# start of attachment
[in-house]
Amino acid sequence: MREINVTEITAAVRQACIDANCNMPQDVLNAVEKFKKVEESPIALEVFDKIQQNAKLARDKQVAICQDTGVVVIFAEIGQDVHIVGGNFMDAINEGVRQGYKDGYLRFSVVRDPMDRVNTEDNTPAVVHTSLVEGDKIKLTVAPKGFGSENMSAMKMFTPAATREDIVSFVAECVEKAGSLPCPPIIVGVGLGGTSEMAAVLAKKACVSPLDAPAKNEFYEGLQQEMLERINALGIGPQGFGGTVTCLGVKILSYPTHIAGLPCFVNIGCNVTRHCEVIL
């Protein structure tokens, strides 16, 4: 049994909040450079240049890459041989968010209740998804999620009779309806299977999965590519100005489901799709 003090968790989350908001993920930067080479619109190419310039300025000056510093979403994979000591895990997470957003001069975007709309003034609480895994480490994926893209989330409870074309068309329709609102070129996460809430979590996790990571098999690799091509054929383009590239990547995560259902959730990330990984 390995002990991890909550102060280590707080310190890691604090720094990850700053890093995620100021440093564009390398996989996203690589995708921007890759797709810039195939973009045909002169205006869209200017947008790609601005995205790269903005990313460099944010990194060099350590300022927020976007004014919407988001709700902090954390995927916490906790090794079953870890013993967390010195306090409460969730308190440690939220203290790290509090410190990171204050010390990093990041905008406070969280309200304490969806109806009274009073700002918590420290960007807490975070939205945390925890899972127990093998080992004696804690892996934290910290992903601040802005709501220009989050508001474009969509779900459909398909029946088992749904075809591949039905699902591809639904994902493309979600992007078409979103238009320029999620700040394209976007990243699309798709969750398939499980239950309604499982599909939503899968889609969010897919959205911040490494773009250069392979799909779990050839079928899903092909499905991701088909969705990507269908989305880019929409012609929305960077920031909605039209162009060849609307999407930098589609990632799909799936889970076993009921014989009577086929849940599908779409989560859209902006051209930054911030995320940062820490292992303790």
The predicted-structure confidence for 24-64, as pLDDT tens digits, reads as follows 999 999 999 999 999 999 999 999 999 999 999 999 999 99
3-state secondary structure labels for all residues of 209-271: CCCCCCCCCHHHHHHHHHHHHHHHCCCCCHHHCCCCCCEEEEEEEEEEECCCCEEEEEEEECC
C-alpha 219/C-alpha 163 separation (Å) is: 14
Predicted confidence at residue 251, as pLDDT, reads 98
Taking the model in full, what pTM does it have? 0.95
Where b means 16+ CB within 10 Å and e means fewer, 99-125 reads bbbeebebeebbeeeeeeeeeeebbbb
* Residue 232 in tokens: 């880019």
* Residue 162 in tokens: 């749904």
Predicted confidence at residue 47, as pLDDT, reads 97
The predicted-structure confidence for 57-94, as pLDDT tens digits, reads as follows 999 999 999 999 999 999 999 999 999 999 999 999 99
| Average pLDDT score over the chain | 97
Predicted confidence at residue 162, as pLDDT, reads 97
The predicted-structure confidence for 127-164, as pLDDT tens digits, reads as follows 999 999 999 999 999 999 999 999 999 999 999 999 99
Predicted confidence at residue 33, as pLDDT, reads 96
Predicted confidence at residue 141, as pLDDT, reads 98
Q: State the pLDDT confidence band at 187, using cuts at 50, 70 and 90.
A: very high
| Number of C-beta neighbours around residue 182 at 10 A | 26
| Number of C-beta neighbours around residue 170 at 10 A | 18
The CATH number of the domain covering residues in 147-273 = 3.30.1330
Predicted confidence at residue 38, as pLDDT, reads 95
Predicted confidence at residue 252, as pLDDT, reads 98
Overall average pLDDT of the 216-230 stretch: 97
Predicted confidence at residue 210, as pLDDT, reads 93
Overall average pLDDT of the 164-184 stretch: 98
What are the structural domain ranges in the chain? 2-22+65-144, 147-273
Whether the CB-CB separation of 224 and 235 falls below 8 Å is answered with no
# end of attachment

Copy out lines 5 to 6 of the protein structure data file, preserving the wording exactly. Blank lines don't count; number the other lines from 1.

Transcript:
3-state secondary structure labels for all residues of 209-271: CCCCCCCCCHHHHHHHHHHHHHHHCCCCCHHHCCCCCCEEEEEEEEEEECCCCEEEEEEEECC
C-alpha 219/C-alpha 163 separation (Å) is: 14